Hills scaled Ararat’s icy heights a couple more times, and was to ascend two other volcanic peaks, Mount Erciyes (3,916 meters) and Mount Hasan (3,250 meters), both of which lay on the fringes of the weird and wonderful Cappadocia region in Central Anatolia. The alpine peaks of the Kaçkar range, rising high above a band of temperate forest parallel to Turkey’s eastern Black Sea coast, proved even more of a challenge. The lushness of the range impressed Hills’ climbing buddy, the same staff sergeant who’d accompanied him up Ararat. “Muzaffer, used to the treeless spaces of Kayseri and Elaziğ, could hardly believe his eyes when he saw the dense jungle that covers the valley walls — beech, alder, firs and pines crowded on an impenetrable carpet of brambles, great ferns and rhododendron thickets.” Hills was fascinated by the ethnic mix of the hills, Laz on the Black Sea side of the range, Georgians on the Anatolian side, both of whom still used their own tongue amongst themselves — and, in true highland tradition, each vehemently disliked the other.
The pair finally reached the upper heights after a couple of miserable days walking through rain and low clouds. The sun came out and illuminated a breathtaking “alpine paradise” that so moved Muzaffer he exclaimed, “Why go to Switzerland when we have all this at our doorstep?” The next day the intrepid climbers reached the top of the 3,937 meter Mount Kaçkar.
Hills’ greatest feat, however, was to wangle permission to climb in Turkey’s wildest region, the Cilo-Sat mountain range, which rises majestically in the far-flung southeastern corner of the country. From Yuksekova, on the main road to the Iranian frontier at Esendere, the now familiar partnership of Hills and Muzaffer headed west across the Gevarova plain toward a wall of gleaming alpine peaks — the Cilo range. They pitched their tent in a Kurdish yayla (seasonal grazing ground) in the shadow of Turkey’s second highest mountain, Reşko. The yayla dwellers were as curious about the strangers in their midst as Hills was about the timeless routine of yayla life (grazing, milking, butter-churning and cheese and yoghurt-making). According to Hills, the aged wife of the encampment’s headman “frowned distrustfully at Muzaffer — to be a grown man of 29 without wife or children was unnatural and improper.” Not that Muzzafer was uninterested in women. When a group of the younger shepherdesses “began to dance rhythmically back and forth” outside their tent as the two men were retiring for the night, he whispered to Hills, “The girls are very beautiful — but they smell of goat.”
The two climbers set out early the next morning. Their aim: to scale Reşko’s 4,134-meter peak. They finally reached the summit ridge in the late afternoon “a broad, tilted platform flecked with ice patches, precariously joined to the massif we had ascended by a ridge of rotten stone no wider than a goat track which spanned an abyss of terrifying depth.” Wisely the experienced pair decided to turn back; with darkness hastening on, retreat was the only sensible option. En route, in a narrow gorge “facing us on the track, was our first bear.” Fortunately Muzaffer knew what to do and “fired his small pistol into the air and gave a tremendous shout and, to our surprise and relief, the bear turned and lollopped harmlessly away.” A dangerous abseil in the half-light followed, then a row as to whether to hunker down for the night where they were or carry on. Hills won the argument and the descent continued. Out of food, the torch battery lifeless, Hills conceded their retreat was “a deserved nightmare” and at midnight they were forced to sleep on rocks next to a snowdrift.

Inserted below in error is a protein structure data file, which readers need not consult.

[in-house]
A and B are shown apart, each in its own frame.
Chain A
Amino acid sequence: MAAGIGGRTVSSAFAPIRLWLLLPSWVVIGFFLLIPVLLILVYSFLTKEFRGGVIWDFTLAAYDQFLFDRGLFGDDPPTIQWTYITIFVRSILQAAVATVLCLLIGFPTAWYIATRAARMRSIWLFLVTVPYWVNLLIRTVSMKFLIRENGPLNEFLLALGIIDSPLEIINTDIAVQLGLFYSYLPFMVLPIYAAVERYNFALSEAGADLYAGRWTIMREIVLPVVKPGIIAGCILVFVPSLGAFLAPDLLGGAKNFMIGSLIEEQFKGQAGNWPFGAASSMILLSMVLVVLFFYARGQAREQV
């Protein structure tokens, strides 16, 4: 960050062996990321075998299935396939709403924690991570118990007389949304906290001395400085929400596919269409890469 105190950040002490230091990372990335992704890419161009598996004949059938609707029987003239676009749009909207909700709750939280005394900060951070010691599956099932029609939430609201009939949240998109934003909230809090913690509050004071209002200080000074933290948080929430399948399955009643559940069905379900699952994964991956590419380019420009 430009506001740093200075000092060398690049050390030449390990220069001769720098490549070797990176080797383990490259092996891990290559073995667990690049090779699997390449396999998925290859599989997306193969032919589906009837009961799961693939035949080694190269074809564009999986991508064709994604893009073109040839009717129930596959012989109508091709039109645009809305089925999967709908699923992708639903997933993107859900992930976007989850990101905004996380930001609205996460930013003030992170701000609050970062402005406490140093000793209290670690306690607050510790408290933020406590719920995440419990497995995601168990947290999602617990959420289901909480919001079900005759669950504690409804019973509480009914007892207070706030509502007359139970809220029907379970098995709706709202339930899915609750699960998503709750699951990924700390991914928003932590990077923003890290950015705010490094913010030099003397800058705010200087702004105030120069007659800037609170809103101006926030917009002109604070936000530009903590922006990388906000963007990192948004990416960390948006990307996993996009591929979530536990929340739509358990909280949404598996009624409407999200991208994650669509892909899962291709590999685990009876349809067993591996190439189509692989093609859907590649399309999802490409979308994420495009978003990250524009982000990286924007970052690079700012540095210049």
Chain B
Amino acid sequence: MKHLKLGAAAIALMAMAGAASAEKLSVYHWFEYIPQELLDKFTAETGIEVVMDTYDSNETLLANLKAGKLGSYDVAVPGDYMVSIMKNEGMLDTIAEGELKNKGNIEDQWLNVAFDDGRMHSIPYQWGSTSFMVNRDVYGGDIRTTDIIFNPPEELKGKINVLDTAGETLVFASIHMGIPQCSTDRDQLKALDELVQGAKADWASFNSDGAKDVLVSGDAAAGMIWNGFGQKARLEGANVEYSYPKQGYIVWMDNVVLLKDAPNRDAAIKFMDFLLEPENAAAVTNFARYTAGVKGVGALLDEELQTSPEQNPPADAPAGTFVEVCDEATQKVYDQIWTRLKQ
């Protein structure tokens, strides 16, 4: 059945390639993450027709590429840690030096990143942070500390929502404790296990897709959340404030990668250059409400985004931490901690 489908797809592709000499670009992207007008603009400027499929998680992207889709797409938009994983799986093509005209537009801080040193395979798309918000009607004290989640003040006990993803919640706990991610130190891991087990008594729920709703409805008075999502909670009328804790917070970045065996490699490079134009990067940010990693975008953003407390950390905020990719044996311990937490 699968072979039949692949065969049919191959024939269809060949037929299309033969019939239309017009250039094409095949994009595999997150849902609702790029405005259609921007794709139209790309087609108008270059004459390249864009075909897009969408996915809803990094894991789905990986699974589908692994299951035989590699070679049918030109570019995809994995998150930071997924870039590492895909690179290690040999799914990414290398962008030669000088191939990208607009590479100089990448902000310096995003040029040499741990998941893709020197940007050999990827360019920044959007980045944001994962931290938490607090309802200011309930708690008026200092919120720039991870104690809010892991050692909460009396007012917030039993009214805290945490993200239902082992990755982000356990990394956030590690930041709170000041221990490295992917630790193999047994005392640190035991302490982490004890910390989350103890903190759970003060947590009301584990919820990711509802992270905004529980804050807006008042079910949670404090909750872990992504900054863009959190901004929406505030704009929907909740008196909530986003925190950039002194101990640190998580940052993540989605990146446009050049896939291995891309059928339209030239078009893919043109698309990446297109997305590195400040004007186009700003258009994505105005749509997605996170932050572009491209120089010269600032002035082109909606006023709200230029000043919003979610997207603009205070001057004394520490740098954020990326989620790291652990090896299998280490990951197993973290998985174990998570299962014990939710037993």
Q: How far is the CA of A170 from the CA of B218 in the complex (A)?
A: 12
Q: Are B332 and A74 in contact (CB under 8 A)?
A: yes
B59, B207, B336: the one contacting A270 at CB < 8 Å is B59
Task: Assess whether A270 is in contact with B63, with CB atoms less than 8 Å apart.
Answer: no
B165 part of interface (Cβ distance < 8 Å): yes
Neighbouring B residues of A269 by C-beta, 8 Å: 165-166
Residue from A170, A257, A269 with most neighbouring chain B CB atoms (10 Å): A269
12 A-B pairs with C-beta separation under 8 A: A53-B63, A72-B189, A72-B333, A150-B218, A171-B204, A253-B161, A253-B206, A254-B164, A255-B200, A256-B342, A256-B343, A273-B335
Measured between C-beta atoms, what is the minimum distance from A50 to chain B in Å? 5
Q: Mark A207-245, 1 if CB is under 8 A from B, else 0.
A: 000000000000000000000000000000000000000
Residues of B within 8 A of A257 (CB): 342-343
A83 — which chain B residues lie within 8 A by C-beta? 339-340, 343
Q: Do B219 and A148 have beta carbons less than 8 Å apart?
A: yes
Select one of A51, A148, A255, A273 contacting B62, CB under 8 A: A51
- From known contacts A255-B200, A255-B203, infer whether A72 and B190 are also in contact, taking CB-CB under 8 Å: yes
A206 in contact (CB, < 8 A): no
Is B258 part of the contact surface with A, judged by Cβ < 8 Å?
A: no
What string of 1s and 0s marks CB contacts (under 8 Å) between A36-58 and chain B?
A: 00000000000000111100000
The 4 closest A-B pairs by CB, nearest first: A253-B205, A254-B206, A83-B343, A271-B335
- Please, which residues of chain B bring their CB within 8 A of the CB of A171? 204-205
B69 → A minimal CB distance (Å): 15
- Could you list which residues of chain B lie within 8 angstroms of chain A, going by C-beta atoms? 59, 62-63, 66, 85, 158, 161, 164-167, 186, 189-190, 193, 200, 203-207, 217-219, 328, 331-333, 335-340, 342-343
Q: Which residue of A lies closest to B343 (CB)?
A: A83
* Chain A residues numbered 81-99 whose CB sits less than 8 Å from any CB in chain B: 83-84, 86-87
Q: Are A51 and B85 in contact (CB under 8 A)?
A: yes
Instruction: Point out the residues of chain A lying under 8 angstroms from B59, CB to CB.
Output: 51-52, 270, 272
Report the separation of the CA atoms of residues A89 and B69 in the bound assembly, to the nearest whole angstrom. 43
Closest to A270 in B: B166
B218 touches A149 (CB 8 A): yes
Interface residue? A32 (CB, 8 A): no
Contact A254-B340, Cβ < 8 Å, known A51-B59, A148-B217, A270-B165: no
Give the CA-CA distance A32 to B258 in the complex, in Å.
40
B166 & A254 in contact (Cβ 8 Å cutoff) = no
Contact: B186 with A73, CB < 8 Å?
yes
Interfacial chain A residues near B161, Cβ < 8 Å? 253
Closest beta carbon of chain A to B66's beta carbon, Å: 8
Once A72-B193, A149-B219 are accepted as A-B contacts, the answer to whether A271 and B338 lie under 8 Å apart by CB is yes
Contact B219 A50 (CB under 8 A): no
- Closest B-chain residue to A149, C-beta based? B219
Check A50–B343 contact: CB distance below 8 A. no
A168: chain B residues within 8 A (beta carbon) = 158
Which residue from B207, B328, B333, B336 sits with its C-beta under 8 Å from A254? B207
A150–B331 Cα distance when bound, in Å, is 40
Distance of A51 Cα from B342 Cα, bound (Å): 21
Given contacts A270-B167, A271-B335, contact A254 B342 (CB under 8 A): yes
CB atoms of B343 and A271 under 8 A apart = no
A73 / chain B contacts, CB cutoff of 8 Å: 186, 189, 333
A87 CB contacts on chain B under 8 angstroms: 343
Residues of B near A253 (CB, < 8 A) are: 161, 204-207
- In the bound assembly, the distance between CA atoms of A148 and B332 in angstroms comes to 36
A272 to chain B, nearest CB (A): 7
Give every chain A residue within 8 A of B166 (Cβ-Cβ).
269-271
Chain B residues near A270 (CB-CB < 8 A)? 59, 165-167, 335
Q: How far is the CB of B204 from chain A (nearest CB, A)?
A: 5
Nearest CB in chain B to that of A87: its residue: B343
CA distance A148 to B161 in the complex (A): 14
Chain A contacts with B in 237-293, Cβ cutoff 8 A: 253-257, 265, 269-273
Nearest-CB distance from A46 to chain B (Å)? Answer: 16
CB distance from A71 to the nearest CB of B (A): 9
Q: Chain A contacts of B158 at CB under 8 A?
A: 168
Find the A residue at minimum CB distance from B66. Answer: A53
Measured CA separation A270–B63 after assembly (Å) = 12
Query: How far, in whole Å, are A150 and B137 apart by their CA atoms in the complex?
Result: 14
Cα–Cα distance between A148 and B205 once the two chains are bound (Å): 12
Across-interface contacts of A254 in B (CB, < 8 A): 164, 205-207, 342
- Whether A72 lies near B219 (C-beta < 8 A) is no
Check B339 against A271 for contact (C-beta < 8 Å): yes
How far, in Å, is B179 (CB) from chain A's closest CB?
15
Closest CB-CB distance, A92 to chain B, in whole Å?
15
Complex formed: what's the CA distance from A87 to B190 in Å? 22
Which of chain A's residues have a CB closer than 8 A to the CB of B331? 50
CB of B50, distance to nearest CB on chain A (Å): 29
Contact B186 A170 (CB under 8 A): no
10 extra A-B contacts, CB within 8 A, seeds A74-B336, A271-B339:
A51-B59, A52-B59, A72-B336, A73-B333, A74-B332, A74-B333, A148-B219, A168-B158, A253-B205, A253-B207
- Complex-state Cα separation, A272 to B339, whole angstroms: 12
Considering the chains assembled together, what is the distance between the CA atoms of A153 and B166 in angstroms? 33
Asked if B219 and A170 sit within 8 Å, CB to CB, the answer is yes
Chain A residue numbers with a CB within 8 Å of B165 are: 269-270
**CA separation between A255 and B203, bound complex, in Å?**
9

They reached the village of Serpil the next morning, where their mule-driver, Raschid, awaited them. Hills and Muzaffer spent the next few days wandering through Turkey’s remotest valleys, today unfortunately strictly off-limits because of the danger of Kurdistan Workers’ Party (PKK) attacks, right up to the Iraqi frontier. This border is now heavily guarded, but Hills describes a deserted spot where “a single boundary stone marked the frontier,” adding, “With my feet in Iraq I sat against the boundary stone and sucked a lemon.” Muzaffer commented bitterly, “This is the stone that has cut Turkey off from the oil-fields of Mosul. But for this mark we would be rich!” Hills was more interested in the fate of the Nestorian Christians who had once inhabited these mountains and valleys — only forty years before his visit they had been driven out of their ancestral homeland for supporting the Russians in World War I.
Hills concludes the section of his book that deals with the Cilo-Sat ranges, and its largely ethnically Kurdish population, with words that still hold some truth in 2009: “In this isolated enclave, Turkish influence is at its lowest ebb. But for a scattering of soldiers and officials, the Turk himself is a stranger to the wild valleys east of Çölemerik (Hakkari). Suspicious of government, mobile, clannish clinging to their own language and songs, and to the old ways perpetuated by their chiefs, the Kurds of Hakkari are no easy subjects to handle.”
Born in Birmingham, England, in 1913, Hills studied philosophy, politics and economics at Oxford. He was, however, remembered more for his womanizing, wrestling, night climbing and rugby than his academic achievements. He fought in World War II and worked for the military after the war. Following his sojourn in Turkey he went to Uganda, where in the leaked manuscript of a new novel he labeled Uganda’s leader, Idi Amin, a “village tyrant” and compared him to Nero. Sentenced to death by Amin, only the personal intervention of the British foreign secretary, James Callaghan, saved him. Hills died in 2004.
Resource: Today’s Zaman